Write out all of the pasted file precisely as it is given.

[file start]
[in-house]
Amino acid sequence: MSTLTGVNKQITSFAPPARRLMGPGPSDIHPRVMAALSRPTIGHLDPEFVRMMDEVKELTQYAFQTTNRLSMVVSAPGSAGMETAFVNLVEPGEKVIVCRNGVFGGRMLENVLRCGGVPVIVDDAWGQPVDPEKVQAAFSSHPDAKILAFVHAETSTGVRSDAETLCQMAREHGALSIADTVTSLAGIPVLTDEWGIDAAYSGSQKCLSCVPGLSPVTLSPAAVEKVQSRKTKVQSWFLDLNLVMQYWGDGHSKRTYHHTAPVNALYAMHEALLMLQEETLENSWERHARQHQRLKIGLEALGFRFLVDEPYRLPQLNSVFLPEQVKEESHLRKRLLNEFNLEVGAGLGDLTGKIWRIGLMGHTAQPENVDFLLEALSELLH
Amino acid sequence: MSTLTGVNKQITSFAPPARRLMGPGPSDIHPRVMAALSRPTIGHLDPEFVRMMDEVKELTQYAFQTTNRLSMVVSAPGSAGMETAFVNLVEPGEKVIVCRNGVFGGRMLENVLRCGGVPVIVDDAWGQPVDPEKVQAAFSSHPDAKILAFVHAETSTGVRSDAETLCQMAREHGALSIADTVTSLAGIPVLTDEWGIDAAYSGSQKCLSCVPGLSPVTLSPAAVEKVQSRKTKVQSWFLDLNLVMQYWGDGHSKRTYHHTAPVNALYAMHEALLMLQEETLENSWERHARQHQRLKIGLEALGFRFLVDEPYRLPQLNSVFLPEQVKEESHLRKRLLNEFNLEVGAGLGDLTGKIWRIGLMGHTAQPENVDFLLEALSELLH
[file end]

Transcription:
[in-house]
Amino acid sequence: MSTLTGVNKQITSFAPPARRLMGPGPSDIHPRVMAALSRPTIGHLDPEFVRMMDEVKELTQYAFQTTNRLSMVVSAPGSAGMETAFVNLVEPGEKVIVCRNGVFGGRMLENVLRCGGVPVIVDDAWGQPVDPEKVQAAFSSHPDAKILAFVHAETSTGVRSDAETLCQMAREHGALSIADTVTSLAGIPVLTDEWGIDAAYSGSQKCLSCVPGLSPVTLSPAAVEKVQSRKTKVQSWFLDLNLVMQYWGDGHSKRTYHHTAPVNALYAMHEALLMLQEETLENSWERHARQHQRLKIGLEALGFRFLVDEPYRLPQLNSVFLPEQVKEESHLRKRLLNEFNLEVGAGLGDLTGKIWRIGLMGHTAQPENVDFLLEALSELLH
Amino acid sequence: MSTLTGVNKQITSFAPPARRLMGPGPSDIHPRVMAALSRPTIGHLDPEFVRMMDEVKELTQYAFQTTNRLSMVVSAPGSAGMETAFVNLVEPGEKVIVCRNGVFGGRMLENVLRCGGVPVIVDDAWGQPVDPEKVQAAFSSHPDAKILAFVHAETSTGVRSDAETLCQMAREHGALSIADTVTSLAGIPVLTDEWGIDAAYSGSQKCLSCVPGLSPVTLSPAAVEKVQSRKTKVQSWFLDLNLVMQYWGDGHSKRTYHHTAPVNALYAMHEALLMLQEETLENSWERHARQHQRLKIGLEALGFRFLVDEPYRLPQLNSVFLPEQVKEESHLRKRLLNEFNLEVGAGLGDLTGKIWRIGLMGHTAQPENVDFLLEALSELLH